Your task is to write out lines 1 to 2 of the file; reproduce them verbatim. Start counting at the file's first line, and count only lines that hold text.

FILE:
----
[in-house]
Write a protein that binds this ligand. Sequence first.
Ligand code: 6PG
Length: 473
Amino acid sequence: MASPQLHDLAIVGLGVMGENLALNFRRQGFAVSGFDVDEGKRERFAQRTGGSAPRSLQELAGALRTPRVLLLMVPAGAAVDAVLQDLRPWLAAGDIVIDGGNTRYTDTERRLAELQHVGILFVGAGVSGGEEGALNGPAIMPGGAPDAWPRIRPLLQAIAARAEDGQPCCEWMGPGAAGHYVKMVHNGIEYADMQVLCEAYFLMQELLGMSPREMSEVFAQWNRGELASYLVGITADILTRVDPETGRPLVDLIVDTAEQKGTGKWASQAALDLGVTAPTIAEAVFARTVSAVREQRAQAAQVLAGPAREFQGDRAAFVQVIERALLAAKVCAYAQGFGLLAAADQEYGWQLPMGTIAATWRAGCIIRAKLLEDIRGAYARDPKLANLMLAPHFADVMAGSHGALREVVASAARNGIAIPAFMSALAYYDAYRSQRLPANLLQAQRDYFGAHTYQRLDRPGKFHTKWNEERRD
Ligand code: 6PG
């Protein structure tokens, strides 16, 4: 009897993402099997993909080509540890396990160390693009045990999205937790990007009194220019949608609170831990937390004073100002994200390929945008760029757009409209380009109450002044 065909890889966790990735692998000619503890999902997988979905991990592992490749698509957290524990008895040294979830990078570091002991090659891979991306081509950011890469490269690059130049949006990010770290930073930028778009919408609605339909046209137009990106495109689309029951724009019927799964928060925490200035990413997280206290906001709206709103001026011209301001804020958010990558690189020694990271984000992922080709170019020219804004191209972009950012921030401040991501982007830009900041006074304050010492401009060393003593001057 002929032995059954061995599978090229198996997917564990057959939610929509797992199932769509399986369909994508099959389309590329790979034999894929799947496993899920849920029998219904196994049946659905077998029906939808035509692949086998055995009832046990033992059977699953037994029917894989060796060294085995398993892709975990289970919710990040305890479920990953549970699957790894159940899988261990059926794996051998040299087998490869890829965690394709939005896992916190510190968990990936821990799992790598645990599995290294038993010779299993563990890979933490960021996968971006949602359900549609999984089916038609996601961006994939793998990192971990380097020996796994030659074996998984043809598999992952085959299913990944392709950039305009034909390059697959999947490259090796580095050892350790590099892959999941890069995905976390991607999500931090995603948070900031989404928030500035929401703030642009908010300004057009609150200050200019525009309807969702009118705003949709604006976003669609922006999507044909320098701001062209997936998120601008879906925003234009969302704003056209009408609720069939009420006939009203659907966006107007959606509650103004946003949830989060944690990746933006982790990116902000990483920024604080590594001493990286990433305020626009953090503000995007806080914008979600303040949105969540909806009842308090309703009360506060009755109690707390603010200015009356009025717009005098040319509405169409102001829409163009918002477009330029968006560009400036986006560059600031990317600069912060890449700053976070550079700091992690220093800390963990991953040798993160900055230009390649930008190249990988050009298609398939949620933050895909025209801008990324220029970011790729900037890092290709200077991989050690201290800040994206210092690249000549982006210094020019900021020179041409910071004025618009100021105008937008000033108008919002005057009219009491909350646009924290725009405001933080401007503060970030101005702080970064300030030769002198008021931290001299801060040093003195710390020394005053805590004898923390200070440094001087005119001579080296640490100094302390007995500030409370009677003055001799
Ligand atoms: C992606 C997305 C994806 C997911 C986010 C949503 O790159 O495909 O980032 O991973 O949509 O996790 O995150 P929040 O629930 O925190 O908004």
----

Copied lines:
[in-house]
Write a protein that binds this ligand. Sequence first.